Today it's Tony Buckley who curls cartoonishly large dumb-bells nearby as she sweats her way through an hour of core work with resistance bands and a Pilates ball, closely observed throughout by Claes.
A phlegmatic 31-year-old with a dry wit, whose father was also a swim coach, the Belgian admits he took up the Irish offer three years ago because it was a first step onto the international coaching ladder.
He doesn't carry a clipboard or a whistle, yet even by today's enlightened coaching standards, Claes' pool sessions are remarkably hushed.
Like a virtuoso conductor, he co-ordinates eight swimmers of different disciplines -- sprinters, middle and long distance (Murphy) -- in four separate lanes, without ever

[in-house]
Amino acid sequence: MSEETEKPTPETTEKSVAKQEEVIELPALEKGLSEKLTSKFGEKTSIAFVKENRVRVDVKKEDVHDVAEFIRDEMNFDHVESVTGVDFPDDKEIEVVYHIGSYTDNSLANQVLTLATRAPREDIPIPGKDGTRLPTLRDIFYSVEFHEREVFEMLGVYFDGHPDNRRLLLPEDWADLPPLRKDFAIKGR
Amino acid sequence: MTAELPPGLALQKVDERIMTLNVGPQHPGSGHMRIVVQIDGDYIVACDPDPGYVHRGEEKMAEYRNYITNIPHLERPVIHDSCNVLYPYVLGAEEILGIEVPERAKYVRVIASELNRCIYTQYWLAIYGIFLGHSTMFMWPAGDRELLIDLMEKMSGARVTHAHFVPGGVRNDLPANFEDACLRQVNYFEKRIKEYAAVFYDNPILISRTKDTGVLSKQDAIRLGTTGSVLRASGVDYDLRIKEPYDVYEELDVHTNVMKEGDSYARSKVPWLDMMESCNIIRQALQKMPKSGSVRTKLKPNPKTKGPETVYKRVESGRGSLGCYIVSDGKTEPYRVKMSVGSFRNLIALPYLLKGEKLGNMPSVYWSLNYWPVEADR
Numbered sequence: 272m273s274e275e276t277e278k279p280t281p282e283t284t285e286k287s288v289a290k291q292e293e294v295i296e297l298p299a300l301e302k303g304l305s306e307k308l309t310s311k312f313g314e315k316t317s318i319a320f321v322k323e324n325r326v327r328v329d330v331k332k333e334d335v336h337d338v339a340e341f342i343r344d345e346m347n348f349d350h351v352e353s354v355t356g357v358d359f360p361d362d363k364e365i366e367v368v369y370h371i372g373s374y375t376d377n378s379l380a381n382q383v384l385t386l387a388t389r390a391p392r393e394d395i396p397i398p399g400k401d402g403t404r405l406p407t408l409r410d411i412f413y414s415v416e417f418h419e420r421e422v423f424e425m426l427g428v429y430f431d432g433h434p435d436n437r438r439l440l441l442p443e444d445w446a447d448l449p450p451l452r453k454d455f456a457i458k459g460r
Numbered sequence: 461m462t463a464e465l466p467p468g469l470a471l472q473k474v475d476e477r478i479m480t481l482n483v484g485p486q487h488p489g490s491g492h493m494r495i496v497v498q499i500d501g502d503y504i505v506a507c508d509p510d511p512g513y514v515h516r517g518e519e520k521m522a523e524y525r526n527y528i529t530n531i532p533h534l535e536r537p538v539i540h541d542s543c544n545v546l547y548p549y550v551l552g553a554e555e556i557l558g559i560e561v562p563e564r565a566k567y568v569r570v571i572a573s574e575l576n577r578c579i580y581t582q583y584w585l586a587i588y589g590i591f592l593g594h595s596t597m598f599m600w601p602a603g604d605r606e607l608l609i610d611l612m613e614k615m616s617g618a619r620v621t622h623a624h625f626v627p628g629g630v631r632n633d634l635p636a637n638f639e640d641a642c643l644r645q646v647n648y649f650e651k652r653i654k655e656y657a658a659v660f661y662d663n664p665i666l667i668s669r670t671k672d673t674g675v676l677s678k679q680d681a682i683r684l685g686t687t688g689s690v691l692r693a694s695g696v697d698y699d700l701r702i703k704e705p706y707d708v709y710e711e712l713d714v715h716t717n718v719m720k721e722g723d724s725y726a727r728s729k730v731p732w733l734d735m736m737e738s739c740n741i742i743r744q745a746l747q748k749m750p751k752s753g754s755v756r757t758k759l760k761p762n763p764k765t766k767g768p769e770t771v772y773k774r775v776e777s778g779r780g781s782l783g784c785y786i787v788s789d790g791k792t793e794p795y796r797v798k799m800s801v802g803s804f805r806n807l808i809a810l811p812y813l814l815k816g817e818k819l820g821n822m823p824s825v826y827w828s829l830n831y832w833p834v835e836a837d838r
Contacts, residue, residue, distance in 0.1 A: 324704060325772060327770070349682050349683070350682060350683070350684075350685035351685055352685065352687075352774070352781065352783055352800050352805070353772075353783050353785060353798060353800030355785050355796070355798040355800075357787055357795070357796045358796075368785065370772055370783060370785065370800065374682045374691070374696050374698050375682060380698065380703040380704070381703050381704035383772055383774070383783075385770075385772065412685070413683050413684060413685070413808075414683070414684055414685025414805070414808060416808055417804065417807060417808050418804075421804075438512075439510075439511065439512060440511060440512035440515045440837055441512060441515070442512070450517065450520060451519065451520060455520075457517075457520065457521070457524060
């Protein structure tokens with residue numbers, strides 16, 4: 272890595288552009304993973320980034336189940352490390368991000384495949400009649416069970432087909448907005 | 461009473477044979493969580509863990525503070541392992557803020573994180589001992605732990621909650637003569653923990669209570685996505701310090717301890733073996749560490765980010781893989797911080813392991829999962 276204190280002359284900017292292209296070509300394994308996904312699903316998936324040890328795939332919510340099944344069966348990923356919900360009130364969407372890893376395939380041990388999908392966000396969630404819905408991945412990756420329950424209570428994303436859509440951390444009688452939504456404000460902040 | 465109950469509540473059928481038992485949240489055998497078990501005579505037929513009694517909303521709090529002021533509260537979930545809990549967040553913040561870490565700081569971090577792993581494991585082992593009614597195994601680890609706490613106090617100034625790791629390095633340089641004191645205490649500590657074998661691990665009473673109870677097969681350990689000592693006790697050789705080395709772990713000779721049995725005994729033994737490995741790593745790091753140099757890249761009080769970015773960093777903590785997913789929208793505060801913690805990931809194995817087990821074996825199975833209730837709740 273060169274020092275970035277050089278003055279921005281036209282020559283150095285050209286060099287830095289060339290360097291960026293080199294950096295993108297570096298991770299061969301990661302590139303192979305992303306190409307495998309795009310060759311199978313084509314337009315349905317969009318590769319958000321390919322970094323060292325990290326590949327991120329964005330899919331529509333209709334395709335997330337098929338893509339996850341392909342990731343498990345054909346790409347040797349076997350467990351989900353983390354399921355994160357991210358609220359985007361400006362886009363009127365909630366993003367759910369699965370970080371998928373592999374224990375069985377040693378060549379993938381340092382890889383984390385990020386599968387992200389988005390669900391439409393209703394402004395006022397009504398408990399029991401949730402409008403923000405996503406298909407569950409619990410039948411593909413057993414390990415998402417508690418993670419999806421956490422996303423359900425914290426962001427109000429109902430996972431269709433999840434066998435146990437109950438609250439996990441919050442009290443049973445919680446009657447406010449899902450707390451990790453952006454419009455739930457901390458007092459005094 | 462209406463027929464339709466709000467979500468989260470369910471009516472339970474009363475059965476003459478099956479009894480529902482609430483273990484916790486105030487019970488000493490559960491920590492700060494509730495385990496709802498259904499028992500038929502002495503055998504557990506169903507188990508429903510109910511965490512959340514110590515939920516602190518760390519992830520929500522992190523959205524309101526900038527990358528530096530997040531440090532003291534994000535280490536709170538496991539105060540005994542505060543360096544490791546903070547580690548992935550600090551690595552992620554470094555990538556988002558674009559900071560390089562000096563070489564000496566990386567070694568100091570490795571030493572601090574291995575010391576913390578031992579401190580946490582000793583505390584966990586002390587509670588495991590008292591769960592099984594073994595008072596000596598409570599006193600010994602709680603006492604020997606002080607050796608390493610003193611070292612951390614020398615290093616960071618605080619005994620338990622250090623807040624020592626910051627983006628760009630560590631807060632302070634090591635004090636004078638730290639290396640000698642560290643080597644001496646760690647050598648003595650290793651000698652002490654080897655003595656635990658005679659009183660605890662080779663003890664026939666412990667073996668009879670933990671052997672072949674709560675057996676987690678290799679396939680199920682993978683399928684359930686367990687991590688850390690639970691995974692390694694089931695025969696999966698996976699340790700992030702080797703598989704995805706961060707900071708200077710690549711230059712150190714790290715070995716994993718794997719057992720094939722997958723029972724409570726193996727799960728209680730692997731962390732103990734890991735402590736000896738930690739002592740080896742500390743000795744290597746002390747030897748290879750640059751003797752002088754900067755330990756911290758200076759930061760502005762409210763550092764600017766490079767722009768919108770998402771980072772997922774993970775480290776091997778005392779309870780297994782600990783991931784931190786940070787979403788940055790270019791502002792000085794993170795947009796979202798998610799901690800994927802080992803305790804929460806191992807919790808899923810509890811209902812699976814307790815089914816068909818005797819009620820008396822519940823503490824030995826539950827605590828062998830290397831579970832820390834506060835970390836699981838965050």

raising his voice. Occasionally he puts his fingers in his mouth to emit an ear-piercing staccato whistle, which acts like a stroke metronome, but it is his other senses that are most highly tuned. Claes (pronounced Class) uses sound to read how efficiently his swimmers are moving, often simply pointing out "that's a bit noisy."
His life is as spartan as those of his charges. Asked at a recent awards dinner what he likes most about Ireland, he candidly replied: "I'm just here to work."
He is in bed by 9.30 most nights, and when UL wanted to give him a decent Christmas present last year they chose, much to his delight, a competition-standard starting block.
OK, if Santa was being ultra-generous, he'd also love one of those electronic underwater wall-pads that can fully analyse tumble-turns.
The nearest one is in Spain but they cost €10,000 and he's already more than happy with UL's resources, which include a hi-tech underwater camera that they use every Wednesday morning to do stroke analysis from four different angles.